Lobby: Kenya could miss out on continental trade deal

Passengers from Tanzania queuing at the Lunga Lunga One Stop Boarder Post offices to get clearance before entry into Kenya. [Robert Menza, Standard]

The trade imbalance between exports and imports to the rest of the continent is one of the reasons that could deny Kenya the benefits of the African Continental Free Trade Area (AfCFTA). 

This is according to a new study published by the  East African Business Council (EABC), a private sector lobby for businesses operating in the East African Community partner states. 

This is even as the study positions Kenya as a favourite market for businesses interested in capitalising on the benefits of AfCFTA.

The study says Kenya is better placed among the other EAC Partner States to trade with the rest of the continent based on a complementarity index. 

Established seven years ago, AfCFTA seeks to improve intra-African trade of goods and services, mimicking how continents like Asia and Europe trade within themselves. The study titled Study on Opportunities and Threats of the African Continental Free Trade Area to the East Africa Community analysed data between 2002 and 2003.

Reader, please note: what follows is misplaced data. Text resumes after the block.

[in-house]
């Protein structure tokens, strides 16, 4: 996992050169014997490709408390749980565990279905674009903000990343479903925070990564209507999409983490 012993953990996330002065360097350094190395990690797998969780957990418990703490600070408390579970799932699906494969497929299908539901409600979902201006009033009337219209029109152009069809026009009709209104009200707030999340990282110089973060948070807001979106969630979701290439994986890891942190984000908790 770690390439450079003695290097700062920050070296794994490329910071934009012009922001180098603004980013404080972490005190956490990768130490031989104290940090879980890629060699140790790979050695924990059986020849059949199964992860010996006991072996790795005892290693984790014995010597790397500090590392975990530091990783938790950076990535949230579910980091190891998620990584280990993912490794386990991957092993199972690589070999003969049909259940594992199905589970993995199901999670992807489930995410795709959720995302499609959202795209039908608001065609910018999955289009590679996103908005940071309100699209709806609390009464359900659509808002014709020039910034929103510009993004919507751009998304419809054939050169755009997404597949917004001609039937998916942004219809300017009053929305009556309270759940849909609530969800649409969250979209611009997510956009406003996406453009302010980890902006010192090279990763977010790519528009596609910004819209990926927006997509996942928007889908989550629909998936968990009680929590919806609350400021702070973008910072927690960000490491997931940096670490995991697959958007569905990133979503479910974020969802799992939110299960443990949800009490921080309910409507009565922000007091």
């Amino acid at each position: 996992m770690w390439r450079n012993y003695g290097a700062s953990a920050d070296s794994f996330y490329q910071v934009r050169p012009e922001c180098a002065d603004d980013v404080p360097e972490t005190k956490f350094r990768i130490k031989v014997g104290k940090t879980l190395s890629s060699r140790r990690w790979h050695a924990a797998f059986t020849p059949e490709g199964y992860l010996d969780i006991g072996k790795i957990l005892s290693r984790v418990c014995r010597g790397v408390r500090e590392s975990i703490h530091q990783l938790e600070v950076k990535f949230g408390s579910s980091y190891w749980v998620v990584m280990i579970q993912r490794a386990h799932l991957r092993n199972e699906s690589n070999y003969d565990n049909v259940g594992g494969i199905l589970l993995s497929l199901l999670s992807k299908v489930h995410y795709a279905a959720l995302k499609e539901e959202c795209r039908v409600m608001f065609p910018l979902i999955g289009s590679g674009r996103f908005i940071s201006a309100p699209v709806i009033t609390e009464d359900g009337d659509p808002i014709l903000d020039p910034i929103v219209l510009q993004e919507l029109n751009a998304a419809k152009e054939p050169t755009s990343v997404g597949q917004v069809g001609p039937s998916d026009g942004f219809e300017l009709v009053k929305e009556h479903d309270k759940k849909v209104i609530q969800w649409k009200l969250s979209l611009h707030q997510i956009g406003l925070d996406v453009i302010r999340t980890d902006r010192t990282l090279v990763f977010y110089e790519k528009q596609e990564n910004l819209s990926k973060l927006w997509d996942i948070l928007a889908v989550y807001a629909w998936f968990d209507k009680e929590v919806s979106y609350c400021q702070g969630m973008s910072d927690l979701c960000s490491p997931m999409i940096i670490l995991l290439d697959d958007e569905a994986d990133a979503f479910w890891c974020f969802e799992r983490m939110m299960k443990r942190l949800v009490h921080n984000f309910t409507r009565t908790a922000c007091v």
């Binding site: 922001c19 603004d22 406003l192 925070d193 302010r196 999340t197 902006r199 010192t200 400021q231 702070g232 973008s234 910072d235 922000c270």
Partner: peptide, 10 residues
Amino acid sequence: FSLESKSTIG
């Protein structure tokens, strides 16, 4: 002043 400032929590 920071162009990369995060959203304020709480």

“Business enterprises interested in tapping into the African market presented by AfCFTA could consider setting up in DR Congo, Kenya, and Tanzania respectively, which already have the highest share of exports to the rest of Africa,” it reads. 

The document adds that these businesses could also consider tapping the underutilised export potential in Uganda, Burundi, and Rwanda by investing in the countries. The study, done in partnership with Afreximbank, notes that Kenya has the highest potential for future growth in exports to trade with other African countries but is not fully utilising this potential. 

“The business community should explore the reasons behind the low levels of trade between Kenya and Africa and invest in areas that would improve the intensity of trade between Kenya and other African countries,” reads the study published on March 18. 

This is based on data shared in the study, which ranked Kenya third with 19 per cent in EAC’s exports contribution to the rest of the continent. The Democratic Republic of Congo (DRC) has the lion’s share of contribution at 44 per cent followed by Tanzania’s 21 per cent.

When it comes to imports, Kenya’s share of what EAC imports from the rest of the continent stands at 16 per cent. Uganda tops on this front with 37 per cent, while DRC has 17 per cent.

“Kenya’s share of exports to other African countries generally was less than her imports for the same period, except for 2020, when her exports from the rest of Africa exceeded her imports,” the study states.

The study recommends that it may be necessary for the business community to assess the nature of export and import trade between EAC countries and the rest of Africa, arguing the possibility of unfriendly policies disadvantaging the country.